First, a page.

Tribune article stacks up ironies

 

Last Friday’s edition of The Salt Lake Tribune included a story titled, “Gay BYU filmmaker ready to tell his story,” by Peggy Fletcher Stack (July 8, 2011). The article is about Kendall Wilcox, yet Ms. Stack appropriates Mr. Wilcox’s quandary to proclaim the mantra upon which she seems fixated: Hasten the day when the LDS Church is no longer hopelessly obstinate and desperately non-progressive.

The instances of irony in the article are numerous. One example is a statement attributed to the Portland-based accountant/associate producer on Wilcox’s film:

“When we get lost in the polemics,”Hastings says, “we end up missing the point, not ministering to those who are in real need.”

While occasionally this happens, of the individuals who consider themselves homosexual, how many are not accepting the ministering that is proffered? It’s important to remember that those who minister are not to be confused with a concierge or valet.

Another:

Perhaps, he [Wilcox] reasoned, he could change the debate’s tone from rage and vitriol to one of respect and empathy.

Much, if not most, of the debate’s tone of rage and vitriol is coming from homosexual advocates. The message emphasized by the church’s leadership is one of respect and empathy.

And this, at the conclusion of the article:

But such couples, he adds, indicate that the time is ripe for this documentary.

“We are at a positive tipping point that so many members of the LDS community have been hoping for,” he says. “There are so many closeted, loving and kind Mormons who are dying for their culture to shift just enough that they can come out and say they love and support their homosexual brothers and sisters.”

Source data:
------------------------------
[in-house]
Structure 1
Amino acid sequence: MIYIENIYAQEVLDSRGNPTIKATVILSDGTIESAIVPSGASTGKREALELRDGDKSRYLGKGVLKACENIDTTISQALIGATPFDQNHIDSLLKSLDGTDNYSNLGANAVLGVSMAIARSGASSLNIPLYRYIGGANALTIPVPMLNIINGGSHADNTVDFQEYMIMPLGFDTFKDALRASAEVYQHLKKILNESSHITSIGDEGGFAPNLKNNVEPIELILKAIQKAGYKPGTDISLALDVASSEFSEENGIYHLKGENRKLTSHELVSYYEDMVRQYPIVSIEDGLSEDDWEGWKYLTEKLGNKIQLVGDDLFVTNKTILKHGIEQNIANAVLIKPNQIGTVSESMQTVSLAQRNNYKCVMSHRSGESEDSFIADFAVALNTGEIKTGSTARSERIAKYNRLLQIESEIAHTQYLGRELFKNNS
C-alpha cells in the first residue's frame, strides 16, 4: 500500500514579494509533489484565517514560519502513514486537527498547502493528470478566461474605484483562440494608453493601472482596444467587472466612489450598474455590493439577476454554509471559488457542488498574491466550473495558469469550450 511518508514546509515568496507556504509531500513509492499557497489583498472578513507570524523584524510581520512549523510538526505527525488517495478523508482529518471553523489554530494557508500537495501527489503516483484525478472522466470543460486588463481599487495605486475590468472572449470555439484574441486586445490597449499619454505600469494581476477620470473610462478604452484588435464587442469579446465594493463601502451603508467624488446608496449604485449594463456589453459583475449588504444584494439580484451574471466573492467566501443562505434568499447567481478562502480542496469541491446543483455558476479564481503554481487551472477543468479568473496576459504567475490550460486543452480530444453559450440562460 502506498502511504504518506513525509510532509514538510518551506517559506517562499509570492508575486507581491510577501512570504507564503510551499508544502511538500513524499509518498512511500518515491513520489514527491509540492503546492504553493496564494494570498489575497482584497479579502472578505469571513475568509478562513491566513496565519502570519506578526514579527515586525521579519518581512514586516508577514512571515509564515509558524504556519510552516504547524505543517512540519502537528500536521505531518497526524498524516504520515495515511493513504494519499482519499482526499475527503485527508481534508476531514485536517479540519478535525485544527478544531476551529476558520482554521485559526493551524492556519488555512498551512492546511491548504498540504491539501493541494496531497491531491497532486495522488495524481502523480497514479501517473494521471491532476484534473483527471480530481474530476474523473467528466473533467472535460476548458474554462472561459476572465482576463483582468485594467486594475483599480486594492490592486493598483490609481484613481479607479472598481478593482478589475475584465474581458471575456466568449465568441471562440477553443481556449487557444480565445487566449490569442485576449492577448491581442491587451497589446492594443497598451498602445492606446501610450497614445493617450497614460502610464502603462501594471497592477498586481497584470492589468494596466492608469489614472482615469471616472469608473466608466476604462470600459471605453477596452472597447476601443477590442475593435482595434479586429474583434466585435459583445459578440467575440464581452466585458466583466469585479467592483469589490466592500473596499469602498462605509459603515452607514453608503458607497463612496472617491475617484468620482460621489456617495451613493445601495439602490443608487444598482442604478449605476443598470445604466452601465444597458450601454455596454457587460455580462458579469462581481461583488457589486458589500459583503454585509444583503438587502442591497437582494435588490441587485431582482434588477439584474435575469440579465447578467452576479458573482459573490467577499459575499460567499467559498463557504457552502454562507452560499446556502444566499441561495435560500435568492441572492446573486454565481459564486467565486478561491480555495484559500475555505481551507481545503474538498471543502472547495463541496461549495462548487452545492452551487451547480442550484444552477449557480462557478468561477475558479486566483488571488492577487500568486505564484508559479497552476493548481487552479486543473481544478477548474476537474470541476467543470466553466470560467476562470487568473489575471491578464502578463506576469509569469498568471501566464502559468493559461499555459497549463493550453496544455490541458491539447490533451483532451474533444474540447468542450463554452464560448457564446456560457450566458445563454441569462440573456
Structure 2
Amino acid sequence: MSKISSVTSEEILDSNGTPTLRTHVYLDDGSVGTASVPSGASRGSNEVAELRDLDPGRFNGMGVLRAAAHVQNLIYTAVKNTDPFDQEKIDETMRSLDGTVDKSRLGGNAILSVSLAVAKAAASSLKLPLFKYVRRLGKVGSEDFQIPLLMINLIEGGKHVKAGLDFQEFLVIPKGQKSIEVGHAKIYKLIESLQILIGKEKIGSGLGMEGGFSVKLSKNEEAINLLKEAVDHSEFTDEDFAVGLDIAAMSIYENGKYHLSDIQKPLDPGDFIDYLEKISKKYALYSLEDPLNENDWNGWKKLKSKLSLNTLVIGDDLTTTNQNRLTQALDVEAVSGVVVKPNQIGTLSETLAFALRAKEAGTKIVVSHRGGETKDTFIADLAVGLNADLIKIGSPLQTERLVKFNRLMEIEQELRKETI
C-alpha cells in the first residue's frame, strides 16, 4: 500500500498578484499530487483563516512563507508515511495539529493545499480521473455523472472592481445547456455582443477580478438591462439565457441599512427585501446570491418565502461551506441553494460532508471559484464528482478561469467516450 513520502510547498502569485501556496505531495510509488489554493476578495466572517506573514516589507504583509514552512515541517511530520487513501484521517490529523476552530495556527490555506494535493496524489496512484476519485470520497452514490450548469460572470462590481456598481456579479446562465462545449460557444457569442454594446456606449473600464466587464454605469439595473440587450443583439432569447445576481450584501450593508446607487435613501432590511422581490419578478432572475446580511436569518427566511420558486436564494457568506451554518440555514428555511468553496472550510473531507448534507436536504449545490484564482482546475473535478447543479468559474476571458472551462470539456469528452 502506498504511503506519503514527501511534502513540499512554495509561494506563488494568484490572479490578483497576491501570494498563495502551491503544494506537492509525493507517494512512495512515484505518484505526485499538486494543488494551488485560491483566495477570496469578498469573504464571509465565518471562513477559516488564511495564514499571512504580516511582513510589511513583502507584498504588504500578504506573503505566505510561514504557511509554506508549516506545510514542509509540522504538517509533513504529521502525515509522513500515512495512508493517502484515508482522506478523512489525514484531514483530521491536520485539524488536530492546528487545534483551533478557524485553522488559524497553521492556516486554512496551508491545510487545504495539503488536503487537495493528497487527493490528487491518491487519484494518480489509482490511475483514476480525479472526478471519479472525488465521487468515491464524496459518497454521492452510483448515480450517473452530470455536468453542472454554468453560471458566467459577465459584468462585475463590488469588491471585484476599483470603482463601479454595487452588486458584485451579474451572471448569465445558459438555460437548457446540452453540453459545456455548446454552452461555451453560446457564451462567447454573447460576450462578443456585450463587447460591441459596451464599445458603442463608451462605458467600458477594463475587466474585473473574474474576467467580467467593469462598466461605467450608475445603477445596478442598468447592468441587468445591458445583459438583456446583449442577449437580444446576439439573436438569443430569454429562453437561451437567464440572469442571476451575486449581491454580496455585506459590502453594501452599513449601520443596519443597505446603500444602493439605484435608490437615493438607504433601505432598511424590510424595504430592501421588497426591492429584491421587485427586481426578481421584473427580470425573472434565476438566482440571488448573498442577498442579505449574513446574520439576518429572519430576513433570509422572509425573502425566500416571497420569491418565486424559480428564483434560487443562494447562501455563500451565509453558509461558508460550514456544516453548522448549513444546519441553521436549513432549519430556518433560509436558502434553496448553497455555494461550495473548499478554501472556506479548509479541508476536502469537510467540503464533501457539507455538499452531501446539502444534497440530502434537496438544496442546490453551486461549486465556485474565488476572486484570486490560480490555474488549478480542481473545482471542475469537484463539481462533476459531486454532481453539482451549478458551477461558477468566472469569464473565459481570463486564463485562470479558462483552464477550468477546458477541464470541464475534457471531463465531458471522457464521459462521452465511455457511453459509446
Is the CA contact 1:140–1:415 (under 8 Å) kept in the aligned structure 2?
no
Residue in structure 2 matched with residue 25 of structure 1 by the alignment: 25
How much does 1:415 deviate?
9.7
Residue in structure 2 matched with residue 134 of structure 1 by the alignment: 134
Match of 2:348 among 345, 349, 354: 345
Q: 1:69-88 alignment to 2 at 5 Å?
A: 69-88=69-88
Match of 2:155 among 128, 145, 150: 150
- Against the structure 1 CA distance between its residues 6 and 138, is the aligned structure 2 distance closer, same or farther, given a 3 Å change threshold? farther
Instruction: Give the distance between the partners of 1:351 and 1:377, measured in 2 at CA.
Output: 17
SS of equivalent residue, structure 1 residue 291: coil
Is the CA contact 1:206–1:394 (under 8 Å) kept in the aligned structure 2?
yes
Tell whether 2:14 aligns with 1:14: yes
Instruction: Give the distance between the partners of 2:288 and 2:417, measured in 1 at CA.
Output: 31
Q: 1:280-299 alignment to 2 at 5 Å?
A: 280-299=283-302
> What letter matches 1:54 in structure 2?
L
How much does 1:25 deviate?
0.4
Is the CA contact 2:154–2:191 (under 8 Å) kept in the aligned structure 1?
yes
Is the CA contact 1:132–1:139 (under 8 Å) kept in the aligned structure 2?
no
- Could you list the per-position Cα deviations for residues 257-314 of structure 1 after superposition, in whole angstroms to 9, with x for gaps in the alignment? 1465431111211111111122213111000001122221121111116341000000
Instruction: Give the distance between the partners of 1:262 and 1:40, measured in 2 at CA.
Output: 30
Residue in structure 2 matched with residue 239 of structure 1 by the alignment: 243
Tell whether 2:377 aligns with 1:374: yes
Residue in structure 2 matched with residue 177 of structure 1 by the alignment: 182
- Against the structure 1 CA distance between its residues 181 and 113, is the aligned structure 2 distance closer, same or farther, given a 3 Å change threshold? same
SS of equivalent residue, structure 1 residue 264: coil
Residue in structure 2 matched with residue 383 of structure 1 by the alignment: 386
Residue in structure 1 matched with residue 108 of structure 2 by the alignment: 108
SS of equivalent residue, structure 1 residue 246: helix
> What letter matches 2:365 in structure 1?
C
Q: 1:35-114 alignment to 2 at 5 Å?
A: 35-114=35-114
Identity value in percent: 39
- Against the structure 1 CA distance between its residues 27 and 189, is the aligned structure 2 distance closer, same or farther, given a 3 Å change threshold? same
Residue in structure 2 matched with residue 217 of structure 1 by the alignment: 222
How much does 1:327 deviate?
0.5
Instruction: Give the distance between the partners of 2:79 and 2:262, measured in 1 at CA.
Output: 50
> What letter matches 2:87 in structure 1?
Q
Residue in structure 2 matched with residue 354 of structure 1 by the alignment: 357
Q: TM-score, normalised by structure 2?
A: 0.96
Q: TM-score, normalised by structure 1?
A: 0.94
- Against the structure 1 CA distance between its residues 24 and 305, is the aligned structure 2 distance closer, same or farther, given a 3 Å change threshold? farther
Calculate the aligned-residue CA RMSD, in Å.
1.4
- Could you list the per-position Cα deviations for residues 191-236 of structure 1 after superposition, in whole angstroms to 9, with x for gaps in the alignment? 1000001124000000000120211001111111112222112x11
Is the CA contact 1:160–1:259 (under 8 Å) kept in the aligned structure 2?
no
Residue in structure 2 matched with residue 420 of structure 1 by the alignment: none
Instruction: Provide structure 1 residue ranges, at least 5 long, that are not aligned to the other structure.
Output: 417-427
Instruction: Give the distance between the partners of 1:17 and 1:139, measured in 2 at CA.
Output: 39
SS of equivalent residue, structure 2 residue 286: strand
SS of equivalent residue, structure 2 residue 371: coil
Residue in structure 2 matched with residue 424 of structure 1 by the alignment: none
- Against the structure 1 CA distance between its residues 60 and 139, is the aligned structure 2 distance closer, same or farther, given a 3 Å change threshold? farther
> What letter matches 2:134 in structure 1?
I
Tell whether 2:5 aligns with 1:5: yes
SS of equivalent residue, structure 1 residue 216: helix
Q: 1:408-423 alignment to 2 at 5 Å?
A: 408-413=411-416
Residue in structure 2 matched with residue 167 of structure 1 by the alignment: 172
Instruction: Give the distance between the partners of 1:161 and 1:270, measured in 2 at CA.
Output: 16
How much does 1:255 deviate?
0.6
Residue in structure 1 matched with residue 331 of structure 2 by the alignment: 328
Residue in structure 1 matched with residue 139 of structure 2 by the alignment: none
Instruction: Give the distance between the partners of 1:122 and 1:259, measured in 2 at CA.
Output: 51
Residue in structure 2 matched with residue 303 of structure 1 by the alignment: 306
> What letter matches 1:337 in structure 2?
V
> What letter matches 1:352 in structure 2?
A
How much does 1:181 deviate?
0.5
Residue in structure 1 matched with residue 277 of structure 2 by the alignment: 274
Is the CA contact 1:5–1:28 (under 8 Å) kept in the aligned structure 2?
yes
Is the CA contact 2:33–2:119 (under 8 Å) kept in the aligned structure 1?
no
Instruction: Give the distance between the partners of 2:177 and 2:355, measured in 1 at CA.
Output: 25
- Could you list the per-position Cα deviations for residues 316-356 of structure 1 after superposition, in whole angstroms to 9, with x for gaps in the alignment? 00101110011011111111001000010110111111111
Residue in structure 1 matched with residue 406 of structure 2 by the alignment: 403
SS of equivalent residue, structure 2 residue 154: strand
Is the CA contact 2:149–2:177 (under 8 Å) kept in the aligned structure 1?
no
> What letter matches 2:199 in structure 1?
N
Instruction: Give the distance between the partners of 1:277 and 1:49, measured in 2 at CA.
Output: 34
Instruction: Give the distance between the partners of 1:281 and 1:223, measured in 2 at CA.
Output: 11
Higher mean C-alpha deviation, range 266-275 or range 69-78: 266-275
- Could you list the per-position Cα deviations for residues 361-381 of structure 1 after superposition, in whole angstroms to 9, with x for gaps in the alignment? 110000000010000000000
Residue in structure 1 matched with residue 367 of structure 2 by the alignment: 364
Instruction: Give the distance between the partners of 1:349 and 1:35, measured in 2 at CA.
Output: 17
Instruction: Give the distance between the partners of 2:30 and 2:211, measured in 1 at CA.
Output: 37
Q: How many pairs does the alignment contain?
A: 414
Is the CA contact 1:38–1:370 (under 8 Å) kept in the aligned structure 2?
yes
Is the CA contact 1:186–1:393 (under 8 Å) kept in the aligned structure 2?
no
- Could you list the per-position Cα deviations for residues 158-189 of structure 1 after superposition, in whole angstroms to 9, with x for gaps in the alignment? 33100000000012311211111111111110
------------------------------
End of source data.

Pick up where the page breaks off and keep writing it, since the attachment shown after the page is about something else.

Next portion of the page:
And they can affirm, he says, that they also love and support their religion.

Not unlike the also-challenging and complex issue of illegal immigration, some LDS members have chosen to disregard the counsel of their leaders who are clearly communicating in ways that can be and sometimes are drowned out by the din and disregard of individuals more intent on telling than on listening.

The LDS culture has shifted and is continuing to shift: Members can and do say they love and support their homosexual brothers and sisters, and they affirm they also love and support their religion. What the culture does not, and cannot, say is: “Whatever you may choose to do, go ahead and declare yourselves exempt from the laws of cause and effect; immune from the immutable consequences of your choices and behavior.” To endorse that fiction would be neither prudent nor compassionate.

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